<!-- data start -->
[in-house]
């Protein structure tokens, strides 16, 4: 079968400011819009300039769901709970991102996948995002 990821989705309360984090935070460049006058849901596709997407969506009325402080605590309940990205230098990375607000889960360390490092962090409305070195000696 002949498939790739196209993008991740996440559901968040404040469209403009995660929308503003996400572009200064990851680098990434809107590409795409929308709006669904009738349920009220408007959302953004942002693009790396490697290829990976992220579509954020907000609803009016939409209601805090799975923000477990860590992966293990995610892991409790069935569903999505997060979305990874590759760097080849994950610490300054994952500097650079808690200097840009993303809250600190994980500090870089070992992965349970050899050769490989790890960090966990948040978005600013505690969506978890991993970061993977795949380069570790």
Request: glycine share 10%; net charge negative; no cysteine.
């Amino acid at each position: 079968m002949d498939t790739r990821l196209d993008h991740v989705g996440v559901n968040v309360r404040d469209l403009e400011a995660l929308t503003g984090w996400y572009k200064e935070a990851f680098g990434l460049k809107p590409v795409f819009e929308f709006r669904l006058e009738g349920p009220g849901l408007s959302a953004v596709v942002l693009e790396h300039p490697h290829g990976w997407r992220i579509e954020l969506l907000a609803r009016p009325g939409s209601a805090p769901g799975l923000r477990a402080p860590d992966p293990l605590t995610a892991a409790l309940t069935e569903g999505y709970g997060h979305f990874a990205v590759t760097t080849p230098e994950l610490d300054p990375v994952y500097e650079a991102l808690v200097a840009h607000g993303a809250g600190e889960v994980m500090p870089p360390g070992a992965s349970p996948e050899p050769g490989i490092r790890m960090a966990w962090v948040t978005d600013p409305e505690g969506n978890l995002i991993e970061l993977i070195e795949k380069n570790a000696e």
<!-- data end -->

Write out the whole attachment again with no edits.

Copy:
[in-house]
């Protein structure tokens, strides 16, 4: 079968400011819009300039769901709970991102996948995002 990821989705309360984090935070460049006058849901596709997407969506009325402080605590309940990205230098990375607000889960360390490092962090409305070195000696 002949498939790739196209993008991740996440559901968040404040469209403009995660929308503003996400572009200064990851680098990434809107590409795409929308709006669904009738349920009220408007959302953004942002693009790396490697290829990976992220579509954020907000609803009016939409209601805090799975923000477990860590992966293990995610892991409790069935569903999505997060979305990874590759760097080849994950610490300054994952500097650079808690200097840009993303809250600190994980500090870089070992992965349970050899050769490989790890960090966990948040978005600013505690969506978890991993970061993977795949380069570790």
Request: glycine share 10%; net charge negative; no cysteine.
């Amino acid at each position: 079968m002949d498939t790739r990821l196209d993008h991740v989705g996440v559901n968040v309360r404040d469209l403009e400011a995660l929308t503003g984090w996400y572009k200064e935070a990851f680098g990434l460049k809107p590409v795409f819009e929308f709006r669904l006058e009738g349920p009220g849901l408007s959302a953004v596709v942002l693009e790396h300039p490697h290829g990976w997407r992220i579509e954020l969506l907000a609803r009016p009325g939409s209601a805090p769901g799975l923000r477990a402080p860590d992966p293990l605590t995610a892991a409790l309940t069935e569903g999505y709970g997060h979305f990874a990205v590759t760097t080849p230098e994950l610490d300054p990375v994952y500097e650079a991102l808690v200097a840009h607000g993303a809250g600190e889960v994980m500090p870089p360390g070992a992965s349970p996948e050899p050769g490989i490092r790890m960090a966990w962090v948040t978005d600013p409305e505690g969506n978890l995002i991993e970061l993977i070195e795949k380069n570790a000696e």